In a hotel in Bloemfontein, South Africa, a plaque on a wall in the lobby reads that the site is the birthplace of J.R.R. Tolkien, author of the famous The Lord of the Rings fantasy books. Those books sit on a shelf near a fireplace, along with The Hobbit—another book by Tolkien about an old wizard who sends the book’s main character, the titular hobbit, on an adventure. In that hotel last January, Bob Gastaldo ’72—sandaled, bespectacled, white-haired, and wizened—strolled briskly through the front door, out from the hot summer sunlight, followed by a team of geologists.
Gastaldo, a biology major at Gettysburg College, is a professor of geology at Colby College in Maine, and he was in South Africa to study rocks near the small town of Bethulie, which is about a two-hour drive south of Bloemfontein in South Africa’s semi-desert Karoo region.
The rocks he studies there are special, as they bear fossils that record the largest mass extinction to ever hit life. Known as the Permian-Triassic (PT) mass extinction, or the “Great Dying,” it is the biggest of the “Big Five” mass extinctions that interrupted the history of life on Earth. It happened about a quarter-billion years ago when about 96 percent of all marine life and 70 percent of all land life vanished forever.
Along with his team, Gastaldo brought an undergraduate student with him, Ruofei Jia, so he could teach her about the cataclysm and about how scientific research actually happens. As a mentor, he has taken about 30 undergraduate students with him to South Africa over the years.
“Even if they don’t become geoscientists, they learn how to do science, and they learn how to undertake a project—get their hands dirty,” he said.
He does this for his students because when he was a student at Gettysburg, he, too, had a mentor who guided him and who sent him on his own journey. That mentor was biology Prof. William “Bill” Darrah.
“He had a dynamic enthusiasm for what he did,” Gastaldo recalled.
Back then, for his senior project, Darrah took Gastaldo into the snow and the cold of Berwick, Pennsylvania, to collect and study the fossils of ancient ferns. There, Gastaldo felt the pull of what he called the “mystery of the ancient,” and he knew he wanted to learn more. Darrah was at his side the whole time, giving close one-on-one mentoring that helped mold Gastaldo’s professional future.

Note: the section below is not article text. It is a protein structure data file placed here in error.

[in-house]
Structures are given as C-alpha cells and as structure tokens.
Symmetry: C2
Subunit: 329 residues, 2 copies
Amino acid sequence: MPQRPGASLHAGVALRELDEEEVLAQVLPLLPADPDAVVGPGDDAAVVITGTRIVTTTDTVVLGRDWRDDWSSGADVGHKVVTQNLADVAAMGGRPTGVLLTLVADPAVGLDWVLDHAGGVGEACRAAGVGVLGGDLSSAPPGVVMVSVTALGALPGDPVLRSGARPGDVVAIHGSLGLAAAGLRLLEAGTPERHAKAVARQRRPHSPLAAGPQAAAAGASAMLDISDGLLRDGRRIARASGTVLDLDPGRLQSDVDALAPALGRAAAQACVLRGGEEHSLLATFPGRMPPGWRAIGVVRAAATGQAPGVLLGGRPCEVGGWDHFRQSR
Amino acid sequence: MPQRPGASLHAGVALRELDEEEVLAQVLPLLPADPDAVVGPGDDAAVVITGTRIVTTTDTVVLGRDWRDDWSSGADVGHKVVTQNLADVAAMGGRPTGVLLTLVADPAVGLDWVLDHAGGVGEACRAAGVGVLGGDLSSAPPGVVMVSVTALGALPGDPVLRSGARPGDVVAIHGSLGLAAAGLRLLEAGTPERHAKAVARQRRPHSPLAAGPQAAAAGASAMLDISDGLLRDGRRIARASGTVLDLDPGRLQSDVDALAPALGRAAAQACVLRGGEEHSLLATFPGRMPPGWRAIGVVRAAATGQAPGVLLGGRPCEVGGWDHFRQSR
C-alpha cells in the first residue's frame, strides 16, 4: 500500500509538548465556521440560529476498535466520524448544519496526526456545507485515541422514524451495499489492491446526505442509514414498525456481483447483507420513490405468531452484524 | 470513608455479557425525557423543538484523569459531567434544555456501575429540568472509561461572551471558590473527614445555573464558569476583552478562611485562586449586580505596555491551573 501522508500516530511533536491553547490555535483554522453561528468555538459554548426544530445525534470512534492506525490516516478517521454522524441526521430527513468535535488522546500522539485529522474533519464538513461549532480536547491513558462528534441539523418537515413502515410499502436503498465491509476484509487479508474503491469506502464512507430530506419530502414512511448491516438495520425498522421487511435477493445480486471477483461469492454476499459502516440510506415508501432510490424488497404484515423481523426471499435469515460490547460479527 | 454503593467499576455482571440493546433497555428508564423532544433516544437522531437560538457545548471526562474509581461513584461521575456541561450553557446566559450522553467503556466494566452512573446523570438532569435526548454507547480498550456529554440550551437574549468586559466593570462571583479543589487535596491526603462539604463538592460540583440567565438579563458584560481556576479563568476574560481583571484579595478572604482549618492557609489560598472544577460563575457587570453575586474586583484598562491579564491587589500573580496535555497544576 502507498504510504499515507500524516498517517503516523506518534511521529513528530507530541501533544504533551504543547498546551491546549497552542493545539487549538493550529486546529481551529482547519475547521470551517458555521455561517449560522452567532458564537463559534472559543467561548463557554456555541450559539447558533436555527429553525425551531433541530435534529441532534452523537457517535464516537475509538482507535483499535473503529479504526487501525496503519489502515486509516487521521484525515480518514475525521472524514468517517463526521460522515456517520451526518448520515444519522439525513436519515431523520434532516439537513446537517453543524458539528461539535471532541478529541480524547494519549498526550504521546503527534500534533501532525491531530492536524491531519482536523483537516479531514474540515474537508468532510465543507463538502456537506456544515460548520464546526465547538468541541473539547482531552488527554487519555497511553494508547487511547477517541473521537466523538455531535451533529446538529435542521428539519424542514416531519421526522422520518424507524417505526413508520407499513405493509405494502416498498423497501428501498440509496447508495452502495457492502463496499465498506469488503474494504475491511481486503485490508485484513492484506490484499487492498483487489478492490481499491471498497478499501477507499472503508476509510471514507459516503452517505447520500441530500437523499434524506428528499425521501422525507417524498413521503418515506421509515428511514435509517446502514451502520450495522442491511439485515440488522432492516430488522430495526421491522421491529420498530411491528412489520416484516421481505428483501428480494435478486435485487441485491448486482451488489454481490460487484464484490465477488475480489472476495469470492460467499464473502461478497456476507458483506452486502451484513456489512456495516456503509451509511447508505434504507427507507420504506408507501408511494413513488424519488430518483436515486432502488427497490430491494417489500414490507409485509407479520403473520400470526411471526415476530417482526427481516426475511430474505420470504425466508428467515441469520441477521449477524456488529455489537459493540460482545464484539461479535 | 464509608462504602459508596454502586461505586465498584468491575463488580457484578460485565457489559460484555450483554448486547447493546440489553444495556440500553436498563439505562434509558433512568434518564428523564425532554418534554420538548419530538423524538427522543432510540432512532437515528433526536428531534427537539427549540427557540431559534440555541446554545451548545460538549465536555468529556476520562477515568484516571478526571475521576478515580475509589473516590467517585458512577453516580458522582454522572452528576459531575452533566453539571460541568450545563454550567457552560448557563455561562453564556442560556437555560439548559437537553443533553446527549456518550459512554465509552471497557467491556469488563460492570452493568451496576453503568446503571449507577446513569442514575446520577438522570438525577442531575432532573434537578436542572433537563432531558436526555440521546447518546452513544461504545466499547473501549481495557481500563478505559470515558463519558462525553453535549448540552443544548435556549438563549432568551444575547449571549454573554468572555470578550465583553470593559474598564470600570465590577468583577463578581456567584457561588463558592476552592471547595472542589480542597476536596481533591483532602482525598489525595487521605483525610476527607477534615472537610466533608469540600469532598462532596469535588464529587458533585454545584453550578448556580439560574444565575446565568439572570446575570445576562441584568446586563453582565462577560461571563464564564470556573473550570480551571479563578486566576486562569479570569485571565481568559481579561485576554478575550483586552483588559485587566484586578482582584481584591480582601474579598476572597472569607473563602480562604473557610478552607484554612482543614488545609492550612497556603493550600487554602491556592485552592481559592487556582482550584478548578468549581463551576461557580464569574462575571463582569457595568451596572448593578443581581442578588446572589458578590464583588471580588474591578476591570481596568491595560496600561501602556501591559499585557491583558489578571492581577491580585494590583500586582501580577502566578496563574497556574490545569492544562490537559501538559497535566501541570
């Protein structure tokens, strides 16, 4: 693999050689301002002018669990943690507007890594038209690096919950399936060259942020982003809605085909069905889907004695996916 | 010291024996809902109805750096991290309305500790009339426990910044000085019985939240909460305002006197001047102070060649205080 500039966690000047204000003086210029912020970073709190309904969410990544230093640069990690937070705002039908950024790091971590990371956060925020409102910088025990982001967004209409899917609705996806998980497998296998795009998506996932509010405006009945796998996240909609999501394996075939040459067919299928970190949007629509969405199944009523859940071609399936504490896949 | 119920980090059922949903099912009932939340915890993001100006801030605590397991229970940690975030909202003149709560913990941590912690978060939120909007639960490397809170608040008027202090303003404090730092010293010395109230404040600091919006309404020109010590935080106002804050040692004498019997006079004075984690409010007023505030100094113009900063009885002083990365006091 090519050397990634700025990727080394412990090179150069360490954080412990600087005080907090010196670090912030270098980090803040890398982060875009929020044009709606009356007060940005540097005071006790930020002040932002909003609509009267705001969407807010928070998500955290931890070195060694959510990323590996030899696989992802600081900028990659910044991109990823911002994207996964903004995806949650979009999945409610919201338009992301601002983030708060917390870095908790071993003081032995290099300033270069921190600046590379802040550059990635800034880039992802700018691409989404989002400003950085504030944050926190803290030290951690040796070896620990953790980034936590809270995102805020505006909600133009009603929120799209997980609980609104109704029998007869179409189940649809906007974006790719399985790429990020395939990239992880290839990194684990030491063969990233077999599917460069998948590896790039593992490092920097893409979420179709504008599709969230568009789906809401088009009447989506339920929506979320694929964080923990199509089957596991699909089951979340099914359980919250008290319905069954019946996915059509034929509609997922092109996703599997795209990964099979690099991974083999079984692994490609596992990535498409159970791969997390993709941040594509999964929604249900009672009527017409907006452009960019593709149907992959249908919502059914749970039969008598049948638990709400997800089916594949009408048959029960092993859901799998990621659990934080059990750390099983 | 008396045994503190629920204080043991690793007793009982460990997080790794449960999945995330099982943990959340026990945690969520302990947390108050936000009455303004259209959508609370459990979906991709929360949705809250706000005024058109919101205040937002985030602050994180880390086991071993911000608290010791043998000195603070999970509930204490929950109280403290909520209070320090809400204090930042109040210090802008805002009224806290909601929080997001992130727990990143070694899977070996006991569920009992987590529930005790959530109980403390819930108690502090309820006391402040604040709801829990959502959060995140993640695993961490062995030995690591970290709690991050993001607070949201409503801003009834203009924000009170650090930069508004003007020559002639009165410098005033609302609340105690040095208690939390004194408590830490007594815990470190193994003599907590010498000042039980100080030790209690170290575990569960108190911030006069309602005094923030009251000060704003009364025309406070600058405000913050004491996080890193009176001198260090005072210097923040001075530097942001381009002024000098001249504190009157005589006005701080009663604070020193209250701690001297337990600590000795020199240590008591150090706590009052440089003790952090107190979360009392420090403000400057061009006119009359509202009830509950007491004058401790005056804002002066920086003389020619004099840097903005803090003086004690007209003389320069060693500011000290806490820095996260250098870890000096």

“Going to Gettysburg gave me the opportunity, in a liberal arts setting, to discover a passion,” he said.
These days, Gastaldo is still on the path that Darrah revealed to him all those years ago, both as a teacher and as a scientist. In the classroom at Colby, he encourages undergraduates to get involved in research, and he meets with his students whose research he supervises every week to check in on their progress. In the field, the mystery of the ancient still draws him to places like the Karoo. There, he wore a broad sun hat and used trekking poles to traverse the rocky landscape, where the sun beat down on rocks of browns, purples, reds, and blues, located in hills covered in brown grass and wild olive trees. He zipped about the field site, hunting for clues in rocks that might reveal secrets to how the PT extinction happened.
Between the extinction of animals on land and the extinction of animals in the oceans, the latter is much better understood than the former. For instance, it is known that the cause of the marine die-offs was probably massive volcanism in what is today Siberia, which released about 3 million cubic kilometers of basaltic lava and also gases including carbon dioxide.
In high enough concentrations, carbon dioxide can warm the planet, and one fallout effect of that was that the oceans likely became devoid of oxygen— something that would have suffocated life there. But the story of how the land extinction happened is not so well-known. That’s because it is not clear to scientists like Gastaldo whether or not the land extinction even happened at the same time as the extinction in the oceans. If it did, then climate-changing volcanism is likely to blame for the event. Otherwise, some other cause could be behind it all.
What happened is important, as many paleontologists think that humans are triggering another, sixth mass extinction of life by driving global warming via pumping carbon dioxide into the atmosphere. If global warming is part of what drove the PT extinction on land, then the PT extinction could serve as an ancient analogue for what we might expect to happen on land in the future. However, the verdict is still out on when the extinction happened, which is why Gastaldo continues to study rocks in South Africa.
This year, Gastaldo worked with his team and Jia to solve the mystery. Jia explained that she had become a geology major, and had traveled out to the Karoo, in large part because of the enthusiasm of professors like Gastaldo.
Recalling the two of them at work, it is not hard to see the teaching legacy that began with Bill Darrah at Gettysburg and which continues through Gastaldo and his mentorship of students. Perhaps one day Jia will beckon others on similar such adventures, and a tradition that began at Gettysburg will continue.